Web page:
The Figure of Empathy: The Good Samaritan
Just then a lawyer stood up to test Jesus. “Teacher,” he said, “what must I do to inherit eternal life?” He said to him, “What is written in the law? What do you read there?” He answered, “You shall love the Lord your God with all your heart, and with all your soul, and with all your strength, and with all your mind; and your neighbor as yourself.” And he said to him, “You have given the right answer; do this, and you will live.” But wanting to justify himself, he asked Jesus, “And who is my neighbor?” Jesus replied, “A man was going down from Jerusalem to Jericho, and fell into the hands of robbers, who stripped him, beat him, and went away, leaving him half dead. Now by chance a priest was going down that road; and when he saw him, he passed by on the other side. So likewise a Levite, when he came to the place and saw him, passed by on the other side. But a Samaritan while traveling came near him; and when he saw him, he was moved with pity. He went to him and bandaged his wounds, having poured oil and wine on them. Then he put him on his own animal, brought him to an inn, and took care of him. The next day he took out two denarii, gave them to the innkeeper, and said, ‘Take care of him; and when I come back, I will repay you whatever more you spend.’ Which of these three, do you think, was a neighbor to the man who fell into the hands of the robbers?” He said, “The one who showed him mercy.” Jesus said to him, “Go and do likewise.” (Luke 10:25-37)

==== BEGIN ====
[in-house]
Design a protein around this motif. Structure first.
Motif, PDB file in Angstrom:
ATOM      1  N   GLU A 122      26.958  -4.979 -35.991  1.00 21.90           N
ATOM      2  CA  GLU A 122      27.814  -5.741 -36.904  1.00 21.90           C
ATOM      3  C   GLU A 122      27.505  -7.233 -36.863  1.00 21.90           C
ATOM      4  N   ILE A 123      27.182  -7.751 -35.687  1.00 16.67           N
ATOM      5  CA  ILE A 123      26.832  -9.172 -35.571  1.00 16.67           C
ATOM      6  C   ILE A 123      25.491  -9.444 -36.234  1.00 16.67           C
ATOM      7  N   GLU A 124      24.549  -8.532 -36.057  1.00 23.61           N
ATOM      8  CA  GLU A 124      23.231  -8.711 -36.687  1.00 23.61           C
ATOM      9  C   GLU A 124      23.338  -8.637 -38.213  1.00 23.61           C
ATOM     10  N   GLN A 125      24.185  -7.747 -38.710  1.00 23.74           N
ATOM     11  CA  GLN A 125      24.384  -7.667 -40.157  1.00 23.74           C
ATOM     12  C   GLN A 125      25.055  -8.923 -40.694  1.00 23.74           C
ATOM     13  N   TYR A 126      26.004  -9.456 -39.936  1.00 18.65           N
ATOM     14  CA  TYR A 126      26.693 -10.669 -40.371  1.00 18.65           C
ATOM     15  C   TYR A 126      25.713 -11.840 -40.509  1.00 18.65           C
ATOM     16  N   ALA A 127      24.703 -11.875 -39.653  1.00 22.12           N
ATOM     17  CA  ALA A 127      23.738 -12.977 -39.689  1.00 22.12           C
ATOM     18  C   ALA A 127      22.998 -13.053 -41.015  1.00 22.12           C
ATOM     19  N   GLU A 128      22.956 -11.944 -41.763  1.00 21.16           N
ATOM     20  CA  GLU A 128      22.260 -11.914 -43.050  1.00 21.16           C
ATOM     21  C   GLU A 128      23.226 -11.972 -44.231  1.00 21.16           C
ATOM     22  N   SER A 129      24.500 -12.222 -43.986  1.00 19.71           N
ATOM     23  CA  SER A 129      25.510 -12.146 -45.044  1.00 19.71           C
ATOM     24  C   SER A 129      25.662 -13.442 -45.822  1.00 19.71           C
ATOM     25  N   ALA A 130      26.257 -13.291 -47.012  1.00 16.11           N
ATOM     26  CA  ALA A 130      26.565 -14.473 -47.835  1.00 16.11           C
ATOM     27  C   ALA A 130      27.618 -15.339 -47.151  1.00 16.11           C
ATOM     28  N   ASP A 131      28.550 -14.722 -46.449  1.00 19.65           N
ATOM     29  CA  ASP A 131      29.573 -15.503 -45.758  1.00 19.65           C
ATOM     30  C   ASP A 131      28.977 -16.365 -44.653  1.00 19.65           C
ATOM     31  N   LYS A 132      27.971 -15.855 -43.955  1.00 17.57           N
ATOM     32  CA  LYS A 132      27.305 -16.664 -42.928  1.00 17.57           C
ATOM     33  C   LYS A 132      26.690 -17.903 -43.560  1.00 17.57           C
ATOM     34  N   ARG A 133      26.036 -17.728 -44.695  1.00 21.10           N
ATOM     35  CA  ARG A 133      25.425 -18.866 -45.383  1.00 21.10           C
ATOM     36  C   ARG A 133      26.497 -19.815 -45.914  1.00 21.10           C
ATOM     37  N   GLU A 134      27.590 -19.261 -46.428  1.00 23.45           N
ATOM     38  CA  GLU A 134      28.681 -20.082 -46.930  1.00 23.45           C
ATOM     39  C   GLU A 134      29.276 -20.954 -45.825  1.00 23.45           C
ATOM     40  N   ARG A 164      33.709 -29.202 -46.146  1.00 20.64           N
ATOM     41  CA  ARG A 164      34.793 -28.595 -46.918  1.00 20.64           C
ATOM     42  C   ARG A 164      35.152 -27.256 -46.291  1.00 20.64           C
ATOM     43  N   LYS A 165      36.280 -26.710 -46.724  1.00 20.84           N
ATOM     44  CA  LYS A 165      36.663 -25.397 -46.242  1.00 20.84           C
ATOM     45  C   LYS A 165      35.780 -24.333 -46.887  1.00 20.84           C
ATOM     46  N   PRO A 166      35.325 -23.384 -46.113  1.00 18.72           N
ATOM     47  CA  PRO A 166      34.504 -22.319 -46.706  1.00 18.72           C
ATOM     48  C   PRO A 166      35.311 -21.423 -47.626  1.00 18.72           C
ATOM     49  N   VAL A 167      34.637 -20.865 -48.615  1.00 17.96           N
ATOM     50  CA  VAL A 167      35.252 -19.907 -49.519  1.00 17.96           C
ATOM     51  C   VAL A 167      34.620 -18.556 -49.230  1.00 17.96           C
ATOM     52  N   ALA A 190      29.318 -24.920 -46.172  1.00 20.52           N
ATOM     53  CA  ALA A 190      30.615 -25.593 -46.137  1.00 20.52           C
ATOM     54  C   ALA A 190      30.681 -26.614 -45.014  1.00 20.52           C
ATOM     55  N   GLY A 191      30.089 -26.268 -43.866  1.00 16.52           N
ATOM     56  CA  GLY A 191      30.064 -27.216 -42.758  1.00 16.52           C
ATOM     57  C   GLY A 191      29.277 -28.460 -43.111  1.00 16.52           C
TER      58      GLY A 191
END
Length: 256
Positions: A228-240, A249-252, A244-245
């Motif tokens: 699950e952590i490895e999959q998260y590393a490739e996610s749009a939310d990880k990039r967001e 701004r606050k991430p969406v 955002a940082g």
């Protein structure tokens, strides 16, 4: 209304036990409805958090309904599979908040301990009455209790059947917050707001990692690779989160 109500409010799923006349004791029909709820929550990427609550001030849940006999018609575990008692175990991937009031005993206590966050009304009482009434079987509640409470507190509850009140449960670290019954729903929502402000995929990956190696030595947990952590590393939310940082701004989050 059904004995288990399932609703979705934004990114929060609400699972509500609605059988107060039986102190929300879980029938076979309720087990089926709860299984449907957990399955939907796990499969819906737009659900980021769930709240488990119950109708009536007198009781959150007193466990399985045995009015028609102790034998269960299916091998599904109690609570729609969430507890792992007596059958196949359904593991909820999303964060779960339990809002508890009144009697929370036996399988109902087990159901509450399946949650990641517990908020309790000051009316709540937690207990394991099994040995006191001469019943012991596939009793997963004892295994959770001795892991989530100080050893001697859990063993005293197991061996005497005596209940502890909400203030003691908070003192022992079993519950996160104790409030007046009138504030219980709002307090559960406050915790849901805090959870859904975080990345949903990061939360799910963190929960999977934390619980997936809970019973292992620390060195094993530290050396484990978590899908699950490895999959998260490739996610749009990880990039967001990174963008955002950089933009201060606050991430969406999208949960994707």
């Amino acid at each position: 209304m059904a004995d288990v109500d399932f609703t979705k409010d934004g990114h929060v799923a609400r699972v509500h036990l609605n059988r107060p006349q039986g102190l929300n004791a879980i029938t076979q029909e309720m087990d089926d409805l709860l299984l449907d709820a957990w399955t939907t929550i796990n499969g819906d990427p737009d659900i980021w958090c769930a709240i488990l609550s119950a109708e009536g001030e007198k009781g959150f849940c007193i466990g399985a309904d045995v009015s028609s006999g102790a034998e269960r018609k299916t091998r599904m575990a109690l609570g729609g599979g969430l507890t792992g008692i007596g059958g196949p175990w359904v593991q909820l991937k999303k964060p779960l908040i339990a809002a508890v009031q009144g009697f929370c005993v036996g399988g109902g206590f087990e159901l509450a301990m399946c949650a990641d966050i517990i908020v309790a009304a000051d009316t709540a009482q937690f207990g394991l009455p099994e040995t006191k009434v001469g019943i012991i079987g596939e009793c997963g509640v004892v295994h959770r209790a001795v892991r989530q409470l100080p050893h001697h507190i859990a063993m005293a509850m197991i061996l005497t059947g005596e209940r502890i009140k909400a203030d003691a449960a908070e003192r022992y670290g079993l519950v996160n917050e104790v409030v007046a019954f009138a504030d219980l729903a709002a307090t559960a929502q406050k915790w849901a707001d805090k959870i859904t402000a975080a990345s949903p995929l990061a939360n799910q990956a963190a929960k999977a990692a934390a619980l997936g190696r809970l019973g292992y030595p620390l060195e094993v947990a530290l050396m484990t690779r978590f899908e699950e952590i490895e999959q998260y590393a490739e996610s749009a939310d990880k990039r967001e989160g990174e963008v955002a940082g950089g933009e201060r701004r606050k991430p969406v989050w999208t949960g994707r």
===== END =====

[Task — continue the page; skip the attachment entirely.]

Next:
First to understand this beautiful passage, we must recognize it is a parable. We ascertain this as a hermeneutic judgment upon the text. Indulge me for a second. Understanding the passage on the Good Samaritan literally would not be to fret about whether historically there really was a man who got beaten up, left for dead, passed by a Levite and Priest, and then finally, a man from Samaria rescued him. Jesus responds to the lawyers’ question, “Who is my neighbor?” with this story. It references real places and it seems plausible. He never says whether it is a parable. Why would we doubt it to be anything but history? Many so-called literalists worry about texts of Scripture like whether the origin stories of Genesis, the story of Jonah, or the drama of Job are historical and if they are not they are worthless. They would feel obliged to see it necessarily this way because they must read it “literally.” But literal reading of Scripture merely means to read the passage they way it – the letters on the page – intend to be read. To read any passage of the Bible literally might mean reading it as poetry, parable, metaphor, or some complex mixture of the above.